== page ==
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Carlos Kirjner, a senior analyst at Sanford C. Bernstein suggested that Thompson’s previous job, as president of eBay’s PayPal, hadn’t prepared him for Yahoo.

“It is very different to be CEO of a growth company, making choices between opportunities, and to be CEO of a company in turnaround mode, whose parts are declining or losing share,” Kirjner said.

Thompson’s inaccurate resume might have been more forgivable at a company that was posting big returns for its shareholders, said James Post, a management professor at Boston University. But it’s likely that Third Point was looking for an excuse to get rid of Thompson, Post said.

“They’ve had expensive and talented investigators turning over every rock and pebble to find something they could use for leverage,” said Post, who specializes in corporate governance and professional ethics.

The resume fiasco has had a relatively limited effect on the stock price. Shares fell 1.6 percent to $15.15 on May 4, the day after Third Point unleashed the news about Thompson’s resume. They closed at $15.19 on Friday. They’re up from their $14.44 close on Sept. 8 when Loeb sent his first missive to Yahoo’s board urging changes at the company.

But long-term, shares have fallen. They’re down about 12 percent compared to a year ago. They’re down 46 percent from Feb. 1, 2008, when they soared almost 50 percent after Microsoft offered to buy the company for $31 a share. Yahoo’s board rejected the deal, saying it wasn’t enough. Four of the five directors who are leaving were on the board at that time. Yahoo’s stock hasn’t traded above $20 since September 2008.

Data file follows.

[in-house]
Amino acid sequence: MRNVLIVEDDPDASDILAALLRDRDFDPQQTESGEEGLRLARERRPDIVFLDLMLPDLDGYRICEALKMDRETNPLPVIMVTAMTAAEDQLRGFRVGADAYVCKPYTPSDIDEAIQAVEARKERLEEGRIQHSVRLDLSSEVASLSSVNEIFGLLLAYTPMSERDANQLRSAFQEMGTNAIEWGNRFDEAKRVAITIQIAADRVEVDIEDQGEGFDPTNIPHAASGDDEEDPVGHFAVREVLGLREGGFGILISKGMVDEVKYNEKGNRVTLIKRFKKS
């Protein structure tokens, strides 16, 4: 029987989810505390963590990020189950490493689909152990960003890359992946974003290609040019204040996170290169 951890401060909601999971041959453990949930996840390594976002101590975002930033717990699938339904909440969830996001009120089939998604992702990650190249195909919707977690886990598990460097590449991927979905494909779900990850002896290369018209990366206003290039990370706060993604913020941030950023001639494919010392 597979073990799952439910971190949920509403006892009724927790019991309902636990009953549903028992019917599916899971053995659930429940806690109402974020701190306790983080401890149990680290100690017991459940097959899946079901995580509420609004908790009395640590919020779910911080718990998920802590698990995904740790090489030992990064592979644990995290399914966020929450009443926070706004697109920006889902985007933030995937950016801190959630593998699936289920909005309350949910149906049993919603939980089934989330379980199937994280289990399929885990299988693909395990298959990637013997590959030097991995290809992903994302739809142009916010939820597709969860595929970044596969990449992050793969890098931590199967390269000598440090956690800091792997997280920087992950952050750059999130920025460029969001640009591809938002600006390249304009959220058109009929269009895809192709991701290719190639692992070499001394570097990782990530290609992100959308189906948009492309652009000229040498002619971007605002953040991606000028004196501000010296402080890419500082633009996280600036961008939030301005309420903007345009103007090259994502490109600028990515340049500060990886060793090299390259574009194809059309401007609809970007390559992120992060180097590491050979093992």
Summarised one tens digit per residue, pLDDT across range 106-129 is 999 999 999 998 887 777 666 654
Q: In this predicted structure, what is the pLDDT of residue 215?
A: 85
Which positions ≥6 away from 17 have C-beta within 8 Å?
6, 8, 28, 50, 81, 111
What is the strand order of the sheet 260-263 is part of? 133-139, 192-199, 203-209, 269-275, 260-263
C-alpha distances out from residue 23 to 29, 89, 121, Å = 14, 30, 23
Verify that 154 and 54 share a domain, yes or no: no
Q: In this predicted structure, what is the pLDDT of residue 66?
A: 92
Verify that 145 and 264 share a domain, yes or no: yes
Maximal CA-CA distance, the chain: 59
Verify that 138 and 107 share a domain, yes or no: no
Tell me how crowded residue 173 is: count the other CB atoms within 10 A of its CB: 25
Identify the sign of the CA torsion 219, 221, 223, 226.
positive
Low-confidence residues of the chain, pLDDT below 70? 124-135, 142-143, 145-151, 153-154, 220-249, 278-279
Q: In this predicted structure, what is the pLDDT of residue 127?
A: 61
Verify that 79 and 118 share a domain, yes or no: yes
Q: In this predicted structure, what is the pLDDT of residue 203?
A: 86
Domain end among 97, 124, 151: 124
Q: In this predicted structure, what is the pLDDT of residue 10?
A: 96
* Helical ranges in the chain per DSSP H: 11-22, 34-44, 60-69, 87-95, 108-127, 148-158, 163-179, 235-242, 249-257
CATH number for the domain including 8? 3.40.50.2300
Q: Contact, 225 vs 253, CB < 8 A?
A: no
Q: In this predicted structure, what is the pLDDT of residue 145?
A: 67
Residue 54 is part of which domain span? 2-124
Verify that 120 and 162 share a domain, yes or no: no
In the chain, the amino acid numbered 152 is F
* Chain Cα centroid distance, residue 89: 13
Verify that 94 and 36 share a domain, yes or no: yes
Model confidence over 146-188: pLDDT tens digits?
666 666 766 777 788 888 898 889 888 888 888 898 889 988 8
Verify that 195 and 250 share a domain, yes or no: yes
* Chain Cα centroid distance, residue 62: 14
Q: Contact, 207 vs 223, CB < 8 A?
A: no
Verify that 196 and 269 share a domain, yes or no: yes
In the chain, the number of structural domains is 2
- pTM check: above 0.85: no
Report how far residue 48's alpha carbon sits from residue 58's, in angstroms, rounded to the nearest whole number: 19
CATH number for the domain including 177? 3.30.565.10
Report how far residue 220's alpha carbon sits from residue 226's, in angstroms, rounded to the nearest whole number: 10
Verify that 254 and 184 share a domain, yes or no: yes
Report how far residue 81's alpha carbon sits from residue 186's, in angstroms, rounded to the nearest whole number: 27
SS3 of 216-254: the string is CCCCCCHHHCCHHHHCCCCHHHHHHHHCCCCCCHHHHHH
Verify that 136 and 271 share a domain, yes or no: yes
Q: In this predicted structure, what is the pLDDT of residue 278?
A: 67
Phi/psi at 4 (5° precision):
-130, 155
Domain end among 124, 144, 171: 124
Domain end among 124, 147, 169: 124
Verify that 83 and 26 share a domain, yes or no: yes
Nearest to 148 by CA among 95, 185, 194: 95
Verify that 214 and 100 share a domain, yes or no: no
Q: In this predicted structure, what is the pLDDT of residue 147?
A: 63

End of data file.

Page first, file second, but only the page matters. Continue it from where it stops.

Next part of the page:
Yahoo has been embattled for such a long time that there are a lot of people prepared to believe the worst about that company,” Post said. “When you’re angry at the management and the board, when nothing’s going right and you’re losing money, it’s understandable that shareholders would adopt an `off with their head’ attitude.”

Brian Wieser, a senior analyst at Pivotal Research, said he believes Thompson’s ouster will be a positive move, removing an overhanging distraction and adding board members with new perspectives. Wieser said employees he’d talked to believed Thompson was showing a lack of appreciation for some of Yahoo’s business units, and that morale had degenerated even more during his tenure. “It was bad,” Wieser said, “and went to worse.”

Wieser said that Third Point is “exactly the kind of investor every company should want,” since the hedge fund is apparently trying to heal Yahoo, not break it up. “There are no barbarians at the gate here,” Wieser said. “They’re actually trying to help.”


Liedtke reported from San Francisco.